DB: The middle movement of PP is the most harmonically adventurous music she ever did. Was it up to you to transcribe her improvised piano performances? And did she ever get together with you to discuss what she wanted?

MG: It was up to me, but I had asked production folks if they could get a whizz kid in to do that, which they did.

We did get together, of course; not just Joni and me, but Henry too. I don't recall them saying very much about what they wanted. I was left to my own devices, though at the meeting I talked to Joni and Henry about looking for a sound that was "red hot" and suggestive of Plains, as in American flat land plains - perhaps sort of Aaron Copelan-ish. Joni loved that I didn't talk in technical musical terms and she said to Henry something like "this is the right guy," and off to work I went.

DB: Was she pleased with how the eventual track turned out?

MG: I think so. She was nervous at the session.

DB: Any interesting anecdotes you recall from those times?

MG: We had a great dinner at a Chinese restaurant after the session from which Joni nicked a (real) napkin as a souvenir!.

from Mark Scott:

I would be curious to know what Mike thought of Joni as a musician and composer. What was his critical response to her piano composition for Paprika Plains where-in, as she says she put it to Henry Lewy, she couldn't "hit a wrong note?"

If she did have significant input into what Mike did with the piece, what did he think of her choices and/or suggestions? What was his perception of her knowledge and talent?

MG: An odd question. Musician/Composer hints at your Beethovens or Brahms, where I see her as a Composer/Performer/Singer - a different animal altogether.

And as a Composer/Performer/Singer I always have and do regard her as extraordinarily creative. I'm aghast every time I hear her, at the intricacies of her compositional skills. Her words, for a start, demand hearing; it's impossible not to hear them.

This would take too long here but if you get to see the score, you can see several instances where her words supply me with orchestral, melodic and timbral choices.

From Jim L'Hommedieu:

Please tell Mike Gibbs that I love the strings that he added to Paprika Plains. As I recall, she had several improvisational piano parts, recorded at different times. She originally had a long story, some of which she cut out as the piece was formed. It was a real departure for her because of the orchestration and just the length of the piece. She must have trusted you as an artist because the orchestration is a big part of Paprika Plains.

How did all of the pieces get stitched together? Did she give you a lot of freedom or did she have something specific in mind? What direction did she give you? Was it given in a metaphorical or concrete fashion?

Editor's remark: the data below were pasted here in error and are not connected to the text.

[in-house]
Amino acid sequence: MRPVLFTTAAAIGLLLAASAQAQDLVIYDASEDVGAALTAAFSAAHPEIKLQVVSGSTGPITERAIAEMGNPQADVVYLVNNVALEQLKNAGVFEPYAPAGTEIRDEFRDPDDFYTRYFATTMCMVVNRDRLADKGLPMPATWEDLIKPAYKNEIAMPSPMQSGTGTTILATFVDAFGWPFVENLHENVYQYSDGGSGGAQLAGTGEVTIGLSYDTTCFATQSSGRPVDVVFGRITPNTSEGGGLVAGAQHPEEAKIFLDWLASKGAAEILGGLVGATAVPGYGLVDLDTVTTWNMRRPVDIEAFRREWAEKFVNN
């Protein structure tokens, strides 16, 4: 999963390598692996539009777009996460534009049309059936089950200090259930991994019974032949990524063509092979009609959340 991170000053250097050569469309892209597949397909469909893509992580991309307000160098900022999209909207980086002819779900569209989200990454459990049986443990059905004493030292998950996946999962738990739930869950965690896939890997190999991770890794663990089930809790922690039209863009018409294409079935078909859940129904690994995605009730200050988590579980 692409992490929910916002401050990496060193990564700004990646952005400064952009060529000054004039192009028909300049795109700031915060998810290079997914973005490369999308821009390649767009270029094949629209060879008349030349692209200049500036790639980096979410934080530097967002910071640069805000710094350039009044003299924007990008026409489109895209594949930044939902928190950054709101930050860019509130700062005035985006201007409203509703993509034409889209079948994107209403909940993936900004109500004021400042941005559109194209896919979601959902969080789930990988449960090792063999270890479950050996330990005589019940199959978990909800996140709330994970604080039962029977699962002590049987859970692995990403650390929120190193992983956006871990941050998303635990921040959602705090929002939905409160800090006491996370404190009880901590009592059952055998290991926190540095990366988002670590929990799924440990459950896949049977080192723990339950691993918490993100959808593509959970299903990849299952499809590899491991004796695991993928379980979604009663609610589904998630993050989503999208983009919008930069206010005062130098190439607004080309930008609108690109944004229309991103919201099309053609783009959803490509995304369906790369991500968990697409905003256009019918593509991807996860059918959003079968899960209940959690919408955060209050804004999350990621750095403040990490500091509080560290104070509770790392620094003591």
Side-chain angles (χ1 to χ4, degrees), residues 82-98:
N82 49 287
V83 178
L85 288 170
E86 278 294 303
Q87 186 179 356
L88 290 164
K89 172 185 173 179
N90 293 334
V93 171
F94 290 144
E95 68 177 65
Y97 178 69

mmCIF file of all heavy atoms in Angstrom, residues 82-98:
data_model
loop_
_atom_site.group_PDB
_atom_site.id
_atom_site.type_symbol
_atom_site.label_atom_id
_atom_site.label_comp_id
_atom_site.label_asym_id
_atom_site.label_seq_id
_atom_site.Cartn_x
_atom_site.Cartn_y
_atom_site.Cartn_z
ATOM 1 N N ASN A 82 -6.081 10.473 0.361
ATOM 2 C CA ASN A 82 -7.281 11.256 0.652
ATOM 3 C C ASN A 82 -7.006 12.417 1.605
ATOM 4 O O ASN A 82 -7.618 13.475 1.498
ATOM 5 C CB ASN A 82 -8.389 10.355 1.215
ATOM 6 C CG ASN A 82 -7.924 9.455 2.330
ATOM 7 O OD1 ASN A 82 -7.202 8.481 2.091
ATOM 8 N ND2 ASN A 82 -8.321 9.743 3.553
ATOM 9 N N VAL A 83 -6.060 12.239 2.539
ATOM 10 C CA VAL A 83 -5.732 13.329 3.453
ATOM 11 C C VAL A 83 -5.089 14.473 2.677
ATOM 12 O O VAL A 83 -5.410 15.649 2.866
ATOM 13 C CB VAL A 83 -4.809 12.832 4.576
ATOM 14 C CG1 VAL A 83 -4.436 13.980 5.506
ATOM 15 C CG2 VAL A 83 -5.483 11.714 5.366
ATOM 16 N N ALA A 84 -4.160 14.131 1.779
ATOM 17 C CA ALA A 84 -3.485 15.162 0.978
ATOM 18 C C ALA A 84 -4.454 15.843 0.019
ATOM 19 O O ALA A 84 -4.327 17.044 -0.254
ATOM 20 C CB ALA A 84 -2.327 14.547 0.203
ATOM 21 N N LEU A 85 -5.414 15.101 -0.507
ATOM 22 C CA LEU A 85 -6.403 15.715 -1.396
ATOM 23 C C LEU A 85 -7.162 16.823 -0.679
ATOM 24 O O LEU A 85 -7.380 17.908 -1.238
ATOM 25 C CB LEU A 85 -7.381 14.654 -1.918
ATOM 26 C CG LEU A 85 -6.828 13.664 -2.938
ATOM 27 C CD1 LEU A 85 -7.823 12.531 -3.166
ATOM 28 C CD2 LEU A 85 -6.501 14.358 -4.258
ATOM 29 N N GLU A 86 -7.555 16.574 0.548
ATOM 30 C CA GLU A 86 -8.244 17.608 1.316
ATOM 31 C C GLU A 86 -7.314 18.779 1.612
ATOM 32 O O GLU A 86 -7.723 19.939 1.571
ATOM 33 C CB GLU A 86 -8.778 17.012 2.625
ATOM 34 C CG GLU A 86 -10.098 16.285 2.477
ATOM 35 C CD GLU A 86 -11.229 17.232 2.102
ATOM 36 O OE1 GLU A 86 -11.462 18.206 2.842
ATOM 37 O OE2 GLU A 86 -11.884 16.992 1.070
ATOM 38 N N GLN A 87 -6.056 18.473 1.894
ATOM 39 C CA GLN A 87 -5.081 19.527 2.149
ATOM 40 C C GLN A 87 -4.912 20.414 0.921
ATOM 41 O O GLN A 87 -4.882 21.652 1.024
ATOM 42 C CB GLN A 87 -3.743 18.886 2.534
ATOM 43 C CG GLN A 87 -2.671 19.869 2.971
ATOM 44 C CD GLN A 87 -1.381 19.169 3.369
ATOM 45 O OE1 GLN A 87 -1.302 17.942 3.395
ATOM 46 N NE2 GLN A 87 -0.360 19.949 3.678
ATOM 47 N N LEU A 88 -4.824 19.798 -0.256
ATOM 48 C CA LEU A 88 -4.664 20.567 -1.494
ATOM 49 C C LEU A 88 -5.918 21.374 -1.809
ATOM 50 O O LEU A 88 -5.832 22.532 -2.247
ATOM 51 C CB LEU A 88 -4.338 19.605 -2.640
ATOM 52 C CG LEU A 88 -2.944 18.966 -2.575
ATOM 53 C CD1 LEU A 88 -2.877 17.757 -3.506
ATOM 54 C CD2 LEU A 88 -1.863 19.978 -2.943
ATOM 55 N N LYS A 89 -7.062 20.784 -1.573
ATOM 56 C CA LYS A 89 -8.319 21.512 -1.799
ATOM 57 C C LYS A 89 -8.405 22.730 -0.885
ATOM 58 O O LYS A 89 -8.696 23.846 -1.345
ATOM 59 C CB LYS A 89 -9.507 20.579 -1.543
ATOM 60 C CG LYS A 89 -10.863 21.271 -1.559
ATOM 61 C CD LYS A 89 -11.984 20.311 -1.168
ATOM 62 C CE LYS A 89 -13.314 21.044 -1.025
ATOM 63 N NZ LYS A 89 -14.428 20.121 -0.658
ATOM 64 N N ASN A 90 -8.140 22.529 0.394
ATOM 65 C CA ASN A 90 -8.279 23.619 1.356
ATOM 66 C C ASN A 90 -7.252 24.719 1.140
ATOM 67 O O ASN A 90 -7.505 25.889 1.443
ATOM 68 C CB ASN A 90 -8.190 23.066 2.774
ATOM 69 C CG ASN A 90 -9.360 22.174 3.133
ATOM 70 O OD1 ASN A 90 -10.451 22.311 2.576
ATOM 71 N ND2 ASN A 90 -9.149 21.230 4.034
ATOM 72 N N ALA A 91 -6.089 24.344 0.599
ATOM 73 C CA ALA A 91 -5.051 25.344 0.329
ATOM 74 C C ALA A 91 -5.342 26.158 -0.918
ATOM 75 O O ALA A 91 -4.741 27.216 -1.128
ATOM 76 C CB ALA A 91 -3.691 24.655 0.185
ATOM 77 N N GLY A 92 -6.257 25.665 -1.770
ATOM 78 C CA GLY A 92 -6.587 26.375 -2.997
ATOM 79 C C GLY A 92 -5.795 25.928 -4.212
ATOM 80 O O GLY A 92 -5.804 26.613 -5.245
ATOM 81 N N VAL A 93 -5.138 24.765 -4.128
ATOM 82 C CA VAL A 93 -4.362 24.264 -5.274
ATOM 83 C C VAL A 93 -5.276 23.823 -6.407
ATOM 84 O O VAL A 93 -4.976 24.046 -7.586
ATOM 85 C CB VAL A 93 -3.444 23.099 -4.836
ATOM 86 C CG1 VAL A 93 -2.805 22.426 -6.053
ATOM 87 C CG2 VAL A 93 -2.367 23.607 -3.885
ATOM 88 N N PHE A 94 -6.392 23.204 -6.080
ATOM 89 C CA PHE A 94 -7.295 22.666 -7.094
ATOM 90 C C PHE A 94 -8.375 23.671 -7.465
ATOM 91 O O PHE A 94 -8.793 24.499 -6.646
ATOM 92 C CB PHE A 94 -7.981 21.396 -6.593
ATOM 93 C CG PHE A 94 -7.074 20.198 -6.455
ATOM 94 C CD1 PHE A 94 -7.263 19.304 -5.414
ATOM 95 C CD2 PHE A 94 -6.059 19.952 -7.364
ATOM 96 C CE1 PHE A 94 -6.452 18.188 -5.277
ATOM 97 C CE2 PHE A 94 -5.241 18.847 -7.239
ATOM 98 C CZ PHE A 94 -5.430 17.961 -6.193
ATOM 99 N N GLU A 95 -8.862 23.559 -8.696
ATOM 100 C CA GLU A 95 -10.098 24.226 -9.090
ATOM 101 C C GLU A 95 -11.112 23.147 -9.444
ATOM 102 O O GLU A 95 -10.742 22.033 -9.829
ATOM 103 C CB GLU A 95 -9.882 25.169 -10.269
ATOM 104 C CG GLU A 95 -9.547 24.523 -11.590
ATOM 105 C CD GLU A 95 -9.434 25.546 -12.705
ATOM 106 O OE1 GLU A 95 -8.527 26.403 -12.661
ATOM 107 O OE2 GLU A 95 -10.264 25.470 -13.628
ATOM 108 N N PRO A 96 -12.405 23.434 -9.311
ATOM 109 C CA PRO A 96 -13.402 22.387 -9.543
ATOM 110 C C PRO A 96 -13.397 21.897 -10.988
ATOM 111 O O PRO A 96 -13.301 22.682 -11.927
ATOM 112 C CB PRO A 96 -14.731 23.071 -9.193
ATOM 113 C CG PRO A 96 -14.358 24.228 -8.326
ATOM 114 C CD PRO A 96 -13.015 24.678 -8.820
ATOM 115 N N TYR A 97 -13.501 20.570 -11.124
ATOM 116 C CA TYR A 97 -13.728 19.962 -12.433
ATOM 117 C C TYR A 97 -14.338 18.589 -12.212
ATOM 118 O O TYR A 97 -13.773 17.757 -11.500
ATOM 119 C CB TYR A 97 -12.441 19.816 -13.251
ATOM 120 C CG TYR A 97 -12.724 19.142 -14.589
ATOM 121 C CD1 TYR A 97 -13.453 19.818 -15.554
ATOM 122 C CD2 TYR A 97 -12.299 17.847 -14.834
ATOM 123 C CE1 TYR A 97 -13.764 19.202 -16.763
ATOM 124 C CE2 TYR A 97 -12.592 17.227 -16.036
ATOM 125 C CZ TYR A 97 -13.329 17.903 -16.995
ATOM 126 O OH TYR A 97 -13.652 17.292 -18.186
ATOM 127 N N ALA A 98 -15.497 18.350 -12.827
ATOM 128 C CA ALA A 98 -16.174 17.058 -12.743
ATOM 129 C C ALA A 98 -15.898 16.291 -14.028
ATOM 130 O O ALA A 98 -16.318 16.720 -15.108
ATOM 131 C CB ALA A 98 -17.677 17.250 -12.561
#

MG: Thanks so much for your kind words. For my answers see above for most of this.

JL: In the liner notes, it says that you conducted too. When you recorded it, were the piano parts already stitched, leaving holes for the orchestra?

MG: What you are hearing is an edited down nine minutes from a free extemporization of about thirty minutes. This was done before I heard anything. In fact it was done before I was even decided on to do the orchestration.

From David Lahm:

I knew Mike Gibbs slightly in 1960--we were both students at The School of Jazz in Lenox, MA. Did he play trombone at that time? I think he was born (or spent a goodly time) in S. Africa.

MG: I was born in Zimbabwe (then Rhodesia)

DL: In 1967, I went several nights to hear Gary Burton's Quartet in NY; he had Larry Coryell on guitar, Steve Swallow on bass and Roy Haynes (later Bob Moses) on drums. It was a wonderful band and Mike had contributed a piece (maybe more) to their book. My favorite was called "June 15th, 1967."

MG: Hello David.

I remember you. In fact I may have a pic of you which I took at Lenox! I am a trombonist and did play at Lenox in Herb Pomeroy's student band; Freddie Hubbard played trumpet, Connie Kay on drums...heady times!!

I did write a lot of pieces for Gary's band back then. I'm pleased you liked June 15th 1967. Gary tells me he played it at a club opposite Thelonius Monk, who also liked it!!

From Chris Coccaro:

My questions with regard to Paprika Plains would be:

Did you, of your own volition, use the visuals from the poem (unsung portion) as thematic source material for orchestration, that might have leaned toward cinematic scoring?

MG: I don't recall using any visuals - but I did use images gleaned from a few of the words in the song. I had no specific instructions from either Joni or Henry - though we discussed what I might do very casually.

CC: What do you think about Joni's assertion that the "strings are out of tune?" I tend to think it is the piano that has slid rather than a whole orchestra but since Henry is gone, it will be Joni's word, unless you can set the record straight.

MG: Yes - there is a moment where strings and piano are out of tune - I (we all) missed that at the time. The orchestra tuned to the track at the beginning of the session, but it was ages later that I learnt that the piano part was edited together from improvisations done on different days, which suggests the reason for the tuning discrepancy.

CC: Did Joni give you any reference to (or did you discuss) the orchestral works of other composers to draw from? I hear both Stravinsky and Debussy - less sure on Rachmaninoff.

MG: No, our discussions were more along the lines of a few pictorial images - like "I dreamt Paprika Plains - bleak and god forsaken" and "turquoise river snaking" - I loved that one!

From Dave Blackburn:

What have you been working on lately?

MG: My current project is a concert (Oct 26th) with Bill Frisell and the NDR big band - in Hamburg. I recently finished orchestration of Dark Side of the Moon featuring Nguyên Lê with (again) NDR big band - we did four concerts, and plan to studio-record it - Dec was scheduled but seems likely to be later now.

DB: Thank you Mike for sharing your Joni memories with us.

MG: If you get to speak with Joni - please pass on my love and best wishes - working on her project was one of the delights of my life, and I would love to do it all again......and go to the Chinese afterwards too!